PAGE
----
Modified on: 11/09/2023
Cannabis terpenes: what they are and how they work
In addition to the common terms of cannabis, such as cannabinoid, indica and sativa, you may have recently encountered a less used word: terpenes.
This is another compound found in cannabis.
But what are terpenes? And how important is it to know what types and concentrations are present in cannabis before buying a product?
NEW - MAX CBD
AMNESIA CBD BOOST
Glasshouse | CBD<40%Starting from:
FLASH SALE -10%
1,10€Grams3 5 10 20 50 100 200
AK47 CBD BOOSTStarting from: 1,85€/g
Indoor | CBD<47%Grams3 5 10 20 50 100
CHARASStarting from: 1,50€/g
CBD HASH | CBD<45%Grams3 5 10 20 50 100
JB OIL 25%Starting from: 14,90€
CBD Oil 25%
Read on to learn what researchers have discovered so far.
What terpenes are and what they are for
Terpenes are naturally occurring chemical compounds in plants and some animals. They are responsible for the aromas, flavors and even colors associated with various types of vegetation. In cannabis, terpenes are the element that makes the smell and taste distinctive traits of different strains.
Some terpenes can also be transformed into products, such as cleaning solvents, pesticides and dyes, while others even possess different therapeutic properties.
Although almost all plants contain terpenes, some of the most common sources where people encounter them are:
- aromatic herbs such as sage and thyme;
Terpenes are believed to protect plants from the elements and predators. As for their effect on humans, it’s still a bit of a mystery. But cannabis researchers and consumers increasingly look to terpenes as a way to classify cannabis products and predict their effects.
The main hypothesis is that the terpene profile of a variety (the dominant terpenes) works in tandem with the cannabinoid content to produce the effects that people associate with different varieties.
For example, terpenes might explain why two different strains with the same THC level produce such different experiences.
Although terpenes do not cause the sensation of ‘high’, some are considered psychoactive, because they affect the brain.
Let me explain myself.
Although terpenes are not intoxicating in themselves, there are those who think they can affect the effects of THC, the cannabinoid responsible for the high feeling of cannabis.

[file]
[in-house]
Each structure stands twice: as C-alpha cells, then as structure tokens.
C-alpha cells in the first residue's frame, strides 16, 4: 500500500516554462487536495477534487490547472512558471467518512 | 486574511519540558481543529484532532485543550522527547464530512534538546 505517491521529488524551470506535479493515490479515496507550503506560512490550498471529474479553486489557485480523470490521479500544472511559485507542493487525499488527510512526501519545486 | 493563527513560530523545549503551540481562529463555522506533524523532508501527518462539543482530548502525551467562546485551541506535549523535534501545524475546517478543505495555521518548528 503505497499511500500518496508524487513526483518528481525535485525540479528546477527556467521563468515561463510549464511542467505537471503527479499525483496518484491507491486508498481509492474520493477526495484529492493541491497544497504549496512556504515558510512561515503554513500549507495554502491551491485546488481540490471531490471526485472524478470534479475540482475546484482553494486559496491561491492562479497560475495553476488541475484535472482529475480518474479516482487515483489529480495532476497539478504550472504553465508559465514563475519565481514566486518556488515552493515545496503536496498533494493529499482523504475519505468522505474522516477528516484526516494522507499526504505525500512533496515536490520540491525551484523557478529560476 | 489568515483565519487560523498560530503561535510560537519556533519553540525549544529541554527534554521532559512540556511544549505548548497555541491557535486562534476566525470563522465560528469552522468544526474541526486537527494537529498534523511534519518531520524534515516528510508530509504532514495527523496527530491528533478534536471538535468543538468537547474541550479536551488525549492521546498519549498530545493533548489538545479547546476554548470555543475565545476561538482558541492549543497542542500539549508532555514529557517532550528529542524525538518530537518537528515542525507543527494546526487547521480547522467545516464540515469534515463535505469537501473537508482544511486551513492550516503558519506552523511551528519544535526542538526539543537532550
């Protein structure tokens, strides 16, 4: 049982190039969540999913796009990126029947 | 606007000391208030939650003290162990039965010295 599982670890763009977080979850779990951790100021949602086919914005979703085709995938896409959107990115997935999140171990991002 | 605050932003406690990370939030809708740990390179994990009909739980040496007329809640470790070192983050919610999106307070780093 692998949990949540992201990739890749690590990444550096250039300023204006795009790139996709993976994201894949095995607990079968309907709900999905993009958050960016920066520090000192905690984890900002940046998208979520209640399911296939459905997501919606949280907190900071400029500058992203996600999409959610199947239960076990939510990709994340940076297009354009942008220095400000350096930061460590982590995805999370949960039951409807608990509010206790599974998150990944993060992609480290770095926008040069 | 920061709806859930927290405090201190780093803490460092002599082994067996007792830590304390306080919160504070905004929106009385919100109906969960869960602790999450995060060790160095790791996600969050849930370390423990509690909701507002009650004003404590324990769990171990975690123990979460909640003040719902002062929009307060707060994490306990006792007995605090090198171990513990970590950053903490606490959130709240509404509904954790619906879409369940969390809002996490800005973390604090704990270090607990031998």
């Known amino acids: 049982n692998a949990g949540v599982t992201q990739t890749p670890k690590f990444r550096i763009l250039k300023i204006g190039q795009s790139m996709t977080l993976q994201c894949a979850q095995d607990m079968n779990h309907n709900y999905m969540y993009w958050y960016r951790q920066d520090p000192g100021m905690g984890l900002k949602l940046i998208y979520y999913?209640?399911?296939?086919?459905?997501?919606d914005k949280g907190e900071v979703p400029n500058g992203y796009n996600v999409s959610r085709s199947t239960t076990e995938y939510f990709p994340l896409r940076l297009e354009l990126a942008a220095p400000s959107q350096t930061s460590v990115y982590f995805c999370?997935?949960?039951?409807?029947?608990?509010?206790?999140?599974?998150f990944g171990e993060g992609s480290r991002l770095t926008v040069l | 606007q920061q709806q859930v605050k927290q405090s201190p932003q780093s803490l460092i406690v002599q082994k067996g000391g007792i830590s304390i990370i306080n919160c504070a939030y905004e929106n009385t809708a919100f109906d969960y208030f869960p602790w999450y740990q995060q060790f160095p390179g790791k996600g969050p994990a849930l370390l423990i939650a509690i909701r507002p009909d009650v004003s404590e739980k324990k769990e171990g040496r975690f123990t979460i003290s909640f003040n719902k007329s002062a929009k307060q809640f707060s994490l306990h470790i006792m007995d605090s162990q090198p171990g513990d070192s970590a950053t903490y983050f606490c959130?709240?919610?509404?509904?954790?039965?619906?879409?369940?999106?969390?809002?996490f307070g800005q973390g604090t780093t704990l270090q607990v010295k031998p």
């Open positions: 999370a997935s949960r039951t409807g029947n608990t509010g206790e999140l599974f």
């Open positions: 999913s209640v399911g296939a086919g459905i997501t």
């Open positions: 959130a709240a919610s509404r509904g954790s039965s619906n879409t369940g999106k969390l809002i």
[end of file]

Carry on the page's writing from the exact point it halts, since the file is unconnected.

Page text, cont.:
For example, preliminary research suggests that some terpenes may have potential benefits for some mental health conditions, including anxiety, depression, and bipolar disorder.
Cannabinoids, terpenes and the entourage effect
THC and CBD are only two of the more than one hundred cannabinoids found in cannabis, however they are the two most abundant and most studied cannabinoids.
Both cannabinoids and terpenes can give indications of what to expect from a cannabis product, but they are two different compounds.
That said, they seem to interact with each other in what experts call the entourage effect.
This is the hypothesis that the full spectrum of cannabis, which includes all cannabinoids, terpenes and other compounds, acts synergistically to produce the sensations and effects of cannabis.
In other words, it is a hypothesis that a little bit of everything could have more benefits than a large amount of one thing.
A 2010 study, for example, showed that a combination of CBD and THC was more effective for pain management than THC alone.
In a 2018 study, breast cancer tumors in a Petri dish responded better to a cannabis extract than to pure THC alone. But it is believed that these synergistic effects are mainly attributed to other cannabinoids and not terpenes.
This is important to consider if, for example, CBD was used for therapeutic purposes.
These are the most common terpenes of cannabis
There are about four hundred known terpenes of cannabis, but experts have linked only some of them to specific effects.
Here are some common terpenes and their potential effects:
- beta-pinene, with antidepressant and anticancer properties;
- humulene, long used in folk medicine for its energizing effects.
- beta-caryophyllene, also the main ingredient of cloves, rosemary and hops; it could be useful to manage the symptoms of anxiety and depression;
- linalool, which can help relieve stress; (a few drops of CBD oil will guarantee the same effect!)
- myrcene, also present in mango, has antifungal and antibacterial properties and could also have sedative effects.
- limonene has strong citrus notes and can potentially have anti-cancer properties.
However, keep in mind that a lot of terpene research is still in its early stages. Further high-quality human studies are needed to fully understand the impact of different terpene profiles on health.
Terpenes play an important role in the aroma and taste of a cannabis variety, and potentially work in synergy with cannabinoids and other cannabis plant compounds to produce psychoactive effects.
But research on the more than 400 terpenes present in the plant is still in its infancy, so it is difficult to make definitive statements about them.
It is important to note that, in addition to cannabinoids and terpenes, physiology, previous experiences with cannabis and the environment in which cannabis and hashish is consumed can also affect sensations. Terpenes are only part of the equation, but they can be an interesting way to play with different products and find the one that best matches consumer tastes.
If you are looking for products with the best taste and aroma visit Justbob, the reference portal for the UK market (and not only).
See you soon on Justbob!